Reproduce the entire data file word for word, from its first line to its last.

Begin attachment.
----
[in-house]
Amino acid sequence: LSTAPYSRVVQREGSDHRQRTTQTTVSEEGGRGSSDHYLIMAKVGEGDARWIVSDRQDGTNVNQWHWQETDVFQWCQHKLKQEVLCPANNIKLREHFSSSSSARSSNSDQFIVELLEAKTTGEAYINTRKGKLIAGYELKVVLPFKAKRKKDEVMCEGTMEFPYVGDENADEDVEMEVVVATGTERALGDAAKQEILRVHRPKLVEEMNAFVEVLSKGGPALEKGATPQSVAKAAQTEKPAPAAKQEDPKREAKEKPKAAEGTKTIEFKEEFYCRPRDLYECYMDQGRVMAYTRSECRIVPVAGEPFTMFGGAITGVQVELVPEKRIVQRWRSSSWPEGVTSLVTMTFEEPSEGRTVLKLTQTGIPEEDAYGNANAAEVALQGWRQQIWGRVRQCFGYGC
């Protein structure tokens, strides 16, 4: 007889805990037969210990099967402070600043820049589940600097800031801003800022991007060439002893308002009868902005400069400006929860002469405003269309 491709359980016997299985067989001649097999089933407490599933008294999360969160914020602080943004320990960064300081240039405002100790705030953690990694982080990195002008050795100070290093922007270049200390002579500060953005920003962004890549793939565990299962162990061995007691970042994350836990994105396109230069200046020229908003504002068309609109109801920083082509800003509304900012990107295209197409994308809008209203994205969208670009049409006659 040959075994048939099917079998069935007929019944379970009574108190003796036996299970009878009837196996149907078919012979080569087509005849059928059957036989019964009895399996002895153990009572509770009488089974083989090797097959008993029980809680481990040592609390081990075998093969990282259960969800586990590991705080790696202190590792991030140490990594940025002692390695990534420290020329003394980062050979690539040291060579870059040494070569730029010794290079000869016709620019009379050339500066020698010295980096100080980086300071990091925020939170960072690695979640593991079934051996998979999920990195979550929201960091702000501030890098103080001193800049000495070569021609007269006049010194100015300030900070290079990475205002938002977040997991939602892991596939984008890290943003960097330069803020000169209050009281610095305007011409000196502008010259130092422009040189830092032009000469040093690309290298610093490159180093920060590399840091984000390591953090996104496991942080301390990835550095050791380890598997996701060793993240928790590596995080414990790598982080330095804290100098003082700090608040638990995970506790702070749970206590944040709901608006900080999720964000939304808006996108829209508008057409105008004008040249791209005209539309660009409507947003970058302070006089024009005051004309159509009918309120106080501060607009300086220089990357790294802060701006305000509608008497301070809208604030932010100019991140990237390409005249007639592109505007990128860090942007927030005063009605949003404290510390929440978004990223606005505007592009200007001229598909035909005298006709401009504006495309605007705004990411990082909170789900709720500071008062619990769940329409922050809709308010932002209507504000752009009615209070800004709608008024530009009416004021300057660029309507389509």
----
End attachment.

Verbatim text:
[in-house]
Amino acid sequence: LSTAPYSRVVQREGSDHRQRTTQTTVSEEGGRGSSDHYLIMAKVGEGDARWIVSDRQDGTNVNQWHWQETDVFQWCQHKLKQEVLCPANNIKLREHFSSSSSARSSNSDQFIVELLEAKTTGEAYINTRKGKLIAGYELKVVLPFKAKRKKDEVMCEGTMEFPYVGDENADEDVEMEVVVATGTERALGDAAKQEILRVHRPKLVEEMNAFVEVLSKGGPALEKGATPQSVAKAAQTEKPAPAAKQEDPKREAKEKPKAAEGTKTIEFKEEFYCRPRDLYECYMDQGRVMAYTRSECRIVPVAGEPFTMFGGAITGVQVELVPEKRIVQRWRSSSWPEGVTSLVTMTFEEPSEGRTVLKLTQTGIPEEDAYGNANAAEVALQGWRQQIWGRVRQCFGYGC
């Protein structure tokens, strides 16, 4: 007889805990037969210990099967402070600043820049589940600097800031801003800022991007060439002893308002009868902005400069400006929860002469405003269309 491709359980016997299985067989001649097999089933407490599933008294999360969160914020602080943004320990960064300081240039405002100790705030953690990694982080990195002008050795100070290093922007270049200390002579500060953005920003962004890549793939565990299962162990061995007691970042994350836990994105396109230069200046020229908003504002068309609109109801920083082509800003509304900012990107295209197409994308809008209203994205969208670009049409006659 040959075994048939099917079998069935007929019944379970009574108190003796036996299970009878009837196996149907078919012979080569087509005849059928059957036989019964009895399996002895153990009572509770009488089974083989090797097959008993029980809680481990040592609390081990075998093969990282259960969800586990590991705080790696202190590792991030140490990594940025002692390695990534420290020329003394980062050979690539040291060579870059040494070569730029010794290079000869016709620019009379050339500066020698010295980096100080980086300071990091925020939170960072690695979640593991079934051996998979999920990195979550929201960091702000501030890098103080001193800049000495070569021609007269006049010194100015300030900070290079990475205002938002977040997991939602892991596939984008890290943003960097330069803020000169209050009281610095305007011409000196502008010259130092422009040189830092032009000469040093690309290298610093490159180093920060590399840091984000390591953090996104496991942080301390990835550095050791380890598997996701060793993240928790590596995080414990790598982080330095804290100098003082700090608040638990995970506790702070749970206590944040709901608006900080999720964000939304808006996108829209508008057409105008004008040249791209005209539309660009409507947003970058302070006089024009005051004309159509009918309120106080501060607009300086220089990357790294802060701006305000509608008497301070809208604030932010100019991140990237390409005249007639592109505007990128860090942007927030005063009605949003404290510390929440978004990223606005505007592009200007001229598909035909005298006709401009504006495309605007705004990411990082909170789900709720500071008062619990769940329409922050809709308010932002209507504000752009009615209070800004709608008024530009009416004021300057660029309507389509």